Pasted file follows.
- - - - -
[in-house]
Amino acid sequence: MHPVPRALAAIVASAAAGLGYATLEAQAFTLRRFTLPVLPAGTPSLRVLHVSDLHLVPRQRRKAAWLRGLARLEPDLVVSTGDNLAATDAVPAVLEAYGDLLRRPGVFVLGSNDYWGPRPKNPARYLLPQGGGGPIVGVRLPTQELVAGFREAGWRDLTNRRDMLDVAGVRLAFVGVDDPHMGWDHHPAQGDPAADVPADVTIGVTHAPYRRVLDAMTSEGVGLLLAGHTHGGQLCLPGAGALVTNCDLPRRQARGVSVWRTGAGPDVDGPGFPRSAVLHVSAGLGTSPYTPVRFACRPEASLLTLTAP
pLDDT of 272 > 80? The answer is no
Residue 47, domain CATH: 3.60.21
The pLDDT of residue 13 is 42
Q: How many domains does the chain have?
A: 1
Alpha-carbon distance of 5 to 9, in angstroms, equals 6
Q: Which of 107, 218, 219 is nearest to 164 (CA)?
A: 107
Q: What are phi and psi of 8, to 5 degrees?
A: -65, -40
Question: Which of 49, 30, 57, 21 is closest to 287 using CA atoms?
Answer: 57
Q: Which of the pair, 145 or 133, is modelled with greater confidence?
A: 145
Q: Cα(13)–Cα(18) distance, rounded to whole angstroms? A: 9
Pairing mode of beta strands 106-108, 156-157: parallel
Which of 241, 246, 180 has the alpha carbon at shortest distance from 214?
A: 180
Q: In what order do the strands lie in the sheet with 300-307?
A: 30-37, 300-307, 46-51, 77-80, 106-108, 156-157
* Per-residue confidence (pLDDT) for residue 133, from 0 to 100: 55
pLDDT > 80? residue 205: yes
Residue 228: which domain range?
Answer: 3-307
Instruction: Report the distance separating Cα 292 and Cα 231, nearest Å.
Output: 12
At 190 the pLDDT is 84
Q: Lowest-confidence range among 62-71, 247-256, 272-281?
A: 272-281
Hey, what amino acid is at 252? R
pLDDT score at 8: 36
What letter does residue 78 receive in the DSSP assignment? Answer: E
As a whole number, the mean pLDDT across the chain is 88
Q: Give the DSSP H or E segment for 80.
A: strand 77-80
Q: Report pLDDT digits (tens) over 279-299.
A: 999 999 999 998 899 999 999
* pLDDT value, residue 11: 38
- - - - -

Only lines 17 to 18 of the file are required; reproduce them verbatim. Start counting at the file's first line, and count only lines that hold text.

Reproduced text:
Q: Cα(13)–Cα(18) distance, rounded to whole angstroms? A: 9
Pairing mode of beta strands 106-108, 156-157: parallel